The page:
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Rams Officially Name Coordinators

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St. Louis Rams new head coach Jeff Fisher talks to reporters after being introduced at the team's practice facility in Earth City, Missouri on January 17, 2012.   UPI/Bill Greenblatt

St. Louis Rams new head coach Jeff Fisher talks to reporters after being introduced at the team’s practice facility in Earth City, Missouri on January 17, 2012. UPI/Bill Greenblatt

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ST. LOUIS, Mo. (KMOX) – The St. Louis Rams announced the addition of a new offensive and defensive coordinator today. Brian Schottenheimer has been hired as the team’s offensive coordinator and Gregg Williams will serve as the team’s defensive coordinator.

Schottenheimer joins the Rams after spending the previous six seasons in the same position with the New York Jets.

“I am really excited to have Brian join our staff,” Rams Head Coach Jeff Fisher said. “He is a well respected coach in this league who has had success for many years at a high level as an offensive coordinator. We share the same philosophies on the offensive side of the ball and I think he is a tremendous addition to our staff.”

Williams, who spent the last three seasons as the defensive coordinator for the New Orleans Saints, brings 22 years of NFL coaching experience to St. Louis, including six as an assistant under Fisher.

“I have worked with and known Gregg for a lot of years and I have a tremendous amount of respect for him as a defensive coordinator and value his past experience as a head coach,” Fisher said. “He brings an aggressive approach that I’m sure will benefit our defense and he has a wealth of knowledge that will aid our entire team.”

During Schottenheimer’s time in New York, he constructed an offense that helped the Jets earn back-to-back appearances in the AFC Championship Game. In 2009, the Jets led the NFL with an average of 172.3 rushing yards per game.

Schottenheimer joined the Jets in 2006 after spending four seasons as the quarterbacks coach of the San Diego Chargers. In 2004, Drew Brees earned Pro Bowl honors for the first time. Schottenheimer also oversaw the development of Philip Rivers, who worked with Schottenheimer as Brees’ understudy during Rivers’ first two NFL seasons.

Prior to his stint in San Diego, Schottenhimer worked for his father, Marty, in Washington and Kansas City. He was an offensive assistant with the Chiefs and held the title of quarterbacks coach during his lone season with the Redskins. He was an offensive assistant on Dick Vermeil’s Rams staff in 1997 and tutored tight ends at Southern California in 2000 and wide receivers at Syracuse in 1999.

Schottenheimer played quarterback at the University of Florida, where he played under Steve Spurrier and was a backup to Heisman Trophy winner Danny Wuerffel during the Gators’ 1996 National Championship season.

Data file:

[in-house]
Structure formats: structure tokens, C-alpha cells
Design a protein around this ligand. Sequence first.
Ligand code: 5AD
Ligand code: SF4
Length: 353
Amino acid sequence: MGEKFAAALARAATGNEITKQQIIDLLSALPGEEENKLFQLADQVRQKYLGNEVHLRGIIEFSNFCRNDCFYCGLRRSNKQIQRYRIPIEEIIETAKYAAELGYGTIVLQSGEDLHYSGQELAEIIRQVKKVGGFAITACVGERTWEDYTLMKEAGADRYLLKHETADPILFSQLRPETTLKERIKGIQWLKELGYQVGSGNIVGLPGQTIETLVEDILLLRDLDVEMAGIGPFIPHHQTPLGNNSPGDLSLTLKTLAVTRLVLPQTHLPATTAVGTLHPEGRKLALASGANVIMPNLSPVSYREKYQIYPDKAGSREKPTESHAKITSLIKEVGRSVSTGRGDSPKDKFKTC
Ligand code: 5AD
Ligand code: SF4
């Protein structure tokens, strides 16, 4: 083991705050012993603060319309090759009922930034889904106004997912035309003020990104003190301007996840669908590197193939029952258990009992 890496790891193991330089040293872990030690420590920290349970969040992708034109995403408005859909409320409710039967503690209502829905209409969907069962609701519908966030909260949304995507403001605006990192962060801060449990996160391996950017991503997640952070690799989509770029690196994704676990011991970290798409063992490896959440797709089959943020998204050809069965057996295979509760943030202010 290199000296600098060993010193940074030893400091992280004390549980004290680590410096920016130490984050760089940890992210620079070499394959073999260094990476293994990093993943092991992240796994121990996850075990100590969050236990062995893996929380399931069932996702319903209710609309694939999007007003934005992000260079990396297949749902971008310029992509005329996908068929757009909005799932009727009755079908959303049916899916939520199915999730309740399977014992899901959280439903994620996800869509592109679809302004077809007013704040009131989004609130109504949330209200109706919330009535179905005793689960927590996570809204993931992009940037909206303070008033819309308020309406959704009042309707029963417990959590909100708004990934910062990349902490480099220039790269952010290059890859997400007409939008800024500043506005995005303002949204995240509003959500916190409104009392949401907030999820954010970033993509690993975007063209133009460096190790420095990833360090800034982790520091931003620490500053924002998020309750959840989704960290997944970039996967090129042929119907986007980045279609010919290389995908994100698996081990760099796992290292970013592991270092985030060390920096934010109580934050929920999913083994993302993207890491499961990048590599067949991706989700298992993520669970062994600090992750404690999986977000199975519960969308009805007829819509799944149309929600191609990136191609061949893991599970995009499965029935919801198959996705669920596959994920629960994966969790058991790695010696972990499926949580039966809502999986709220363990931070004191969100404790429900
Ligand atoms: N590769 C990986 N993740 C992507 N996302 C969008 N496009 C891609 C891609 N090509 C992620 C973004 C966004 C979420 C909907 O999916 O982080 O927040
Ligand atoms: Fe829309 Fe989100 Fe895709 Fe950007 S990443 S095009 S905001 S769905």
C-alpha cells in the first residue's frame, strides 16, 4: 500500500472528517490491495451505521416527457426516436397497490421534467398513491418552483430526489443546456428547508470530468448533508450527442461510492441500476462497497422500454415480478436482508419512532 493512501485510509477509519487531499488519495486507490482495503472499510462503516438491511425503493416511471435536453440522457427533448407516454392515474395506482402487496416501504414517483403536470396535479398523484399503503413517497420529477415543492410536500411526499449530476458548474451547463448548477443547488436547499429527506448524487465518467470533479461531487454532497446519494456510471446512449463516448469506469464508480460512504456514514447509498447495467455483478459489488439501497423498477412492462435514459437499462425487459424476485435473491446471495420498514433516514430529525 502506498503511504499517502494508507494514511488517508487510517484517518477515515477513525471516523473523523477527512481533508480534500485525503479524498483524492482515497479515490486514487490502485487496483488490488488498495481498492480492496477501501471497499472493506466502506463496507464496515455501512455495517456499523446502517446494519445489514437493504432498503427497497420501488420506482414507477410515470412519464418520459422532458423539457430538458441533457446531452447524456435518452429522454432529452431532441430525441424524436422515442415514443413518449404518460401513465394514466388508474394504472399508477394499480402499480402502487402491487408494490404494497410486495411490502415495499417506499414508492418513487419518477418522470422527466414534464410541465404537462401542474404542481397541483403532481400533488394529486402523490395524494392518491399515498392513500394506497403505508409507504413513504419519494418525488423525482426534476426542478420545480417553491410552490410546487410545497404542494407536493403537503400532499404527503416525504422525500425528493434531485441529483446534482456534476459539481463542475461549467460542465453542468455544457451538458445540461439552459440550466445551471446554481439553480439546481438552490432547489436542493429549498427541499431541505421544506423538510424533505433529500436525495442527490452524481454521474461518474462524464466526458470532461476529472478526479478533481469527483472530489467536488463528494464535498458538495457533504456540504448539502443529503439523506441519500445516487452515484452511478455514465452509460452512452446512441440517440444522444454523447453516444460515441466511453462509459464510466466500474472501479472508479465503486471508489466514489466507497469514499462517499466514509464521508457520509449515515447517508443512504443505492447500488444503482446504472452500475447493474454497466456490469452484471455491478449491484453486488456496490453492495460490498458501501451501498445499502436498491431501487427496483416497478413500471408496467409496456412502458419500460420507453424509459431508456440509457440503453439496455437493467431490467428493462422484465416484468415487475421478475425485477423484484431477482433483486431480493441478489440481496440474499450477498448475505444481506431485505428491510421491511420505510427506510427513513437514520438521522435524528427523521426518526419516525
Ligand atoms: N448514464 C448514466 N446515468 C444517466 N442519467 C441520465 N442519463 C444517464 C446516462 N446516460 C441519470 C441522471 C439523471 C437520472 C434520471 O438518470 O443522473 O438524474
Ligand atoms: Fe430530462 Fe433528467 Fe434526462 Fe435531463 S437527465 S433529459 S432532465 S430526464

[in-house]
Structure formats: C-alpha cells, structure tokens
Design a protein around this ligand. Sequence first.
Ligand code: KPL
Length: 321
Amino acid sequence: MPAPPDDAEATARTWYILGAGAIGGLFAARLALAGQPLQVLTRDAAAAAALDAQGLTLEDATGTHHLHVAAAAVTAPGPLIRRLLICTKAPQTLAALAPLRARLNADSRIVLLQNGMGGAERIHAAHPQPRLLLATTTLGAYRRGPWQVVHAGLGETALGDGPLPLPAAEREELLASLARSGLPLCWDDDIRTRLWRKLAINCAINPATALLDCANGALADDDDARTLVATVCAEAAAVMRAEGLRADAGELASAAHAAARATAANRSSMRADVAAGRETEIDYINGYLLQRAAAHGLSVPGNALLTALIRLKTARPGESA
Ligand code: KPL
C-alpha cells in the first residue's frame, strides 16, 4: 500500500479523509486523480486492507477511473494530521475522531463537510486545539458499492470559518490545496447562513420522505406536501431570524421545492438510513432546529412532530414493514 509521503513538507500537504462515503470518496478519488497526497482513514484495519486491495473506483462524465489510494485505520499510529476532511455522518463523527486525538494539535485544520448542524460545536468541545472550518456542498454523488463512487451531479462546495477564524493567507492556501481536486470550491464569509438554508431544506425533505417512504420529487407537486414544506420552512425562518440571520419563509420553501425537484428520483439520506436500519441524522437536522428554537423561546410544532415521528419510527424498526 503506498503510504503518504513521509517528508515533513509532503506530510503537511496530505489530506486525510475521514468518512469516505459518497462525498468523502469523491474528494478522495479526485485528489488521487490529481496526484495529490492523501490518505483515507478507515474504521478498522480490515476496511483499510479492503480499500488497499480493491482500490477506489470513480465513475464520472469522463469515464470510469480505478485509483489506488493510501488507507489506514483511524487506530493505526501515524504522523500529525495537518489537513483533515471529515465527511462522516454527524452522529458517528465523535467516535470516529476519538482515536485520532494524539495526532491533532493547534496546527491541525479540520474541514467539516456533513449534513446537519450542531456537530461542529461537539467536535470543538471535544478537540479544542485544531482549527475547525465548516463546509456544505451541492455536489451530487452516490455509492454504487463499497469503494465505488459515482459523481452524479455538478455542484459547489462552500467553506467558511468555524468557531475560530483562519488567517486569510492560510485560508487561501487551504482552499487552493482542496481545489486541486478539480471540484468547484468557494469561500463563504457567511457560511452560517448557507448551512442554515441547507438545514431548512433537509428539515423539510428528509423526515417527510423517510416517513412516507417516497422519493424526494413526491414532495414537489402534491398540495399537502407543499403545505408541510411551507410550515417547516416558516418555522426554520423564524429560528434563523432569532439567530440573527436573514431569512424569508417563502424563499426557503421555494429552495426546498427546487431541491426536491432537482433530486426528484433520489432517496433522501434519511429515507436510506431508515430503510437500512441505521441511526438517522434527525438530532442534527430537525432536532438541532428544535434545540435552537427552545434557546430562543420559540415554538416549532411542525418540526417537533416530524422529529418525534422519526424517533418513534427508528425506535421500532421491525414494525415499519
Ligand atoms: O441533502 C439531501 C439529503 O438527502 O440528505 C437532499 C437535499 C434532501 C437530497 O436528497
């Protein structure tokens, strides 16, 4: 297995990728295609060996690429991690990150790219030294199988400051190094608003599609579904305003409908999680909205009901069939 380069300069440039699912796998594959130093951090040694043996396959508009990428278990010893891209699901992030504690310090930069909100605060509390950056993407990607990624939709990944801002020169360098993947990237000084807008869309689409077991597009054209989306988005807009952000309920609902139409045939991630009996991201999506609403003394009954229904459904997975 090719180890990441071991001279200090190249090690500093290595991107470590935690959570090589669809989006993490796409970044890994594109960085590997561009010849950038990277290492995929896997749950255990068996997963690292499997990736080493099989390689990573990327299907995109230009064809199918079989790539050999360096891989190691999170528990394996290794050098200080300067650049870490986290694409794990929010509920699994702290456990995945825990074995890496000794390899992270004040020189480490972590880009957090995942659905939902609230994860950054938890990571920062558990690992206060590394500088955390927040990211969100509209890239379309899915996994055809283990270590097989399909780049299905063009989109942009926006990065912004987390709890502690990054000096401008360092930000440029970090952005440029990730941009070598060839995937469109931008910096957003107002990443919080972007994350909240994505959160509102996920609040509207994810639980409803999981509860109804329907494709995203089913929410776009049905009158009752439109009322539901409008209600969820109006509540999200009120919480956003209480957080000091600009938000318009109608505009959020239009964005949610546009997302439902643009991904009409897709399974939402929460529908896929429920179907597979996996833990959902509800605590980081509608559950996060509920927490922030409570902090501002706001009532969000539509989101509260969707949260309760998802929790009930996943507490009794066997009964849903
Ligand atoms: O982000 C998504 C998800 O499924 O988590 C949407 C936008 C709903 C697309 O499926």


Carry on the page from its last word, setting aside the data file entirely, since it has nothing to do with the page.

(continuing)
Williams owns the distinction of presiding over five separate top five total defenses during his coaching career: Tennessee Titans (No. 1 in total defense in 2000), Buffalo Bills (No. 3 in 2001 and no. 2 in 2003), Washington Redskins (No. 3 in 2005), and the New Orleans Saints (No. 4 in 2010). As a defensive coordinator or head coach (15 seasons), Williams has racked up seven top-10 overall defenses.

During his most recent post in New Orleans, Williams helped the Saints capture two division titles (2009 and 2011), an NFC Conference Championship (2009), and the Super Bowl XLIV championship, as well as an NFC Wild Card berth in 2010.

Williams, a Missouri native who played quarterback at Northeast Missouri State, arrived in New Orleans in 2009 following a one-year stint in Jacksonville as defensive coordinator. He spent the previous four seasons (2004-07) as assistant head coach/defense of the Washington Redskins.

Prior to joining the Redskins, Williams spent three seasons as head coach of the Buffalo Bills. Williams’ reputation as a defensive coach was forged in his years with the Houston/Tennessee franchise, where he served for 11 seasons (1990-2000), including as coordinator during his last four years with the club. Initially hired as a defensive quality control coach, he was promoted to special teams coach in 1993, and took over as linebackers coach from 1994-96 before being promoted to defensive coordinator in 1997.

In 2000, the Titans led the NFL in total defense for the first time since joining the NFL and allowed 191 points – the third-fewest in league record books since the adoption of a 16-game schedule in 1978. Tennessee also set club records with 55 sacks, fewest passing yards allowed (2,424) and fewest touchdowns allowed (17). It completed a two-year stretch where the Titans posted an NFL-high 109 sacks.

Prior to arriving in the NFL, Williams was a graduate assistant at the University of Houston from 1988-89 under former NFL head coach Jack Pardee. From 1984-87, Williams was the head coach at Belton, Mo., High School after opening his coaching career at Excelsior Springs (Mo.) High School.

Williams played both football and baseball at Northeast Missouri State and later earned a master’s degree from Central Missouri. He and his wife, Leigh Ann, have a daughter, Amy, and two sons, Blake, who served as a coaching assistant with the Saints the last three years, and Chase, a linebacker on the Virginia Tech football squad.

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